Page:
Evol Ecol Res 10: 129-146 (2008)     Full PDF if your library subscribes.

The role of local-scale processes on terrestrial and deep-sea gastropod body size distributions across multiple scales

Craig R. McClain1,2* and Jeffrey C. Nekola2

1Monterey Bay Aquarium Research Institute (MBARI), 7700 Sandholdt Road, Moss Landing, CA 95039 and  2Department of Biology, University of New Mexico, Albuquerque, NM 87131, USA

Author to whom all correspondence should be addressed.
e-mail: cmcclain@mbari.org


Question: Does resource partitioning among body sizes at local spatial scales account for the distribution of body sizes at all spatial scales?

Hypothesis: Processes controlling regional or global patterns of species richness within size classes are scale-dependent, with regional or global patterns being influenced by macro-evolutionary processes such as size-biased extinction/speciation and constraints on maximum/minimum size as opposed to local-scale interactions.

Organisms: 297 species of terrestrial and deep-sea gastropods.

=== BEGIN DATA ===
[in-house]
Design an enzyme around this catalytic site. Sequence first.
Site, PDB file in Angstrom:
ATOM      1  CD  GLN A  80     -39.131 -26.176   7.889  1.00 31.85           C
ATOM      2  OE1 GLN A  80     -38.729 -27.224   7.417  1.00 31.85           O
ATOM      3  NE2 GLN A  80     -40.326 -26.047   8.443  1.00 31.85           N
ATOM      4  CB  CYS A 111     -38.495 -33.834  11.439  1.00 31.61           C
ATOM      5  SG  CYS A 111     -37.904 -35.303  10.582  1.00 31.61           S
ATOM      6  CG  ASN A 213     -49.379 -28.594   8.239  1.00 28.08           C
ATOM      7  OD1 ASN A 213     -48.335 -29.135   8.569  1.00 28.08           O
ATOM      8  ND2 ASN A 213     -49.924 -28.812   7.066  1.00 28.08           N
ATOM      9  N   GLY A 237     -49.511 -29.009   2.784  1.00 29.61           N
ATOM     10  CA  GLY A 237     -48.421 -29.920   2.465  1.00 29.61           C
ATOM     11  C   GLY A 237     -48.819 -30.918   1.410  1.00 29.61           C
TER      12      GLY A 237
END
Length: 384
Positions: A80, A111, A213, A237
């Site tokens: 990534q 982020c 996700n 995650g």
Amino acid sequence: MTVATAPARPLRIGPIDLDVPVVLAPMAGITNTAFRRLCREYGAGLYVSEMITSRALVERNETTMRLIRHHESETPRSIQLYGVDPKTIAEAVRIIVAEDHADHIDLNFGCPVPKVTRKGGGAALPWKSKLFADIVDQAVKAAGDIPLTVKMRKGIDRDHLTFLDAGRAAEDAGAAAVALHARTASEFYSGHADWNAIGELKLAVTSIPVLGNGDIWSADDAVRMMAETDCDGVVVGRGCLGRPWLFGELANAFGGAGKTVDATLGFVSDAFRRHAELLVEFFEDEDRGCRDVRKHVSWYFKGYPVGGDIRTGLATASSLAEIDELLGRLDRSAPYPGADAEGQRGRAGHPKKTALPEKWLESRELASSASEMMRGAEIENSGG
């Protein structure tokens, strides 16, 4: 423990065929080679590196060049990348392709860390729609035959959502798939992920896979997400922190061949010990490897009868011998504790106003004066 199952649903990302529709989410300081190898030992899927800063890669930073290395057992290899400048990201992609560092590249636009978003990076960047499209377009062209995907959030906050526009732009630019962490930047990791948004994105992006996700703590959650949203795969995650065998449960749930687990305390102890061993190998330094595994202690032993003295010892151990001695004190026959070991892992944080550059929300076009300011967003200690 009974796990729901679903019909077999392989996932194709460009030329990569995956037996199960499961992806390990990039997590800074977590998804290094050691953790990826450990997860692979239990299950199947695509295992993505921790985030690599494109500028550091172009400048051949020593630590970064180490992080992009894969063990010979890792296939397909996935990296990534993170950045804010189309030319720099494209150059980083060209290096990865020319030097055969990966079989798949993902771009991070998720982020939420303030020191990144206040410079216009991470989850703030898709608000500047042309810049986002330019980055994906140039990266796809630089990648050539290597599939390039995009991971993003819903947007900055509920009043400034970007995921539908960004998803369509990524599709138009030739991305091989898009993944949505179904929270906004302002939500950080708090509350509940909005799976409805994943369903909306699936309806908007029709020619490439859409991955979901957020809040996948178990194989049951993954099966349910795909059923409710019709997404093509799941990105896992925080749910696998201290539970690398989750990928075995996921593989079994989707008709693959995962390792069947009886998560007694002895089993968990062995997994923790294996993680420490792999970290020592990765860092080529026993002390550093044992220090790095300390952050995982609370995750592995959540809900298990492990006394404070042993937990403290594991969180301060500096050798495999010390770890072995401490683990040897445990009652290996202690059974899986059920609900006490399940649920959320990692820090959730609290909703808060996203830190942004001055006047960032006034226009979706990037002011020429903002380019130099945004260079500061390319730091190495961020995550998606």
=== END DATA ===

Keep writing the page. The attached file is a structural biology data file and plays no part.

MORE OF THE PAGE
Sampling sites: 838 terrestrial sites from 10 biogeographic provinces within a 2300 × 2800 km area in eastern North America, and 37 deep-sea sites from three biogeographic provinces at a depth of 196–5042 m in the western North Atlantic

Methods: Multiple parametric and non-parametric statistical tests were used to identify the presence of significant deviations between the distribution of individuals and taxa from site to regional scales in both systems.

Conclusions: The number of taxa does not always simply reflect the number of individuals across the body size spectrum with deviations becoming more prevalent with increasing spatial scale. Thus, local-scale interactions and resource partitioning alone are insufficient to explain patterns in body size at larger scales.

Keywords: biodiversity, body size spectrum, community structure, macroecology, mollusc, productivity, scale dependency.

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        © 2008 Craig R. McClain. All EER articles are copyrighted by their authors. All authors endorse, permit and license Evolutionary Ecology Ltd. to grant its subscribing institutions/libraries the copying privileges specified below without additional consideration or payment to them or to Evolutionary Ecology, Ltd. These endorsements, in writing, are on file in the office of Evolutionary Ecology, Ltd. Consult authors for permission to use any portion of their work in derivative works, compilations or to distribute their work in any commercial manner.

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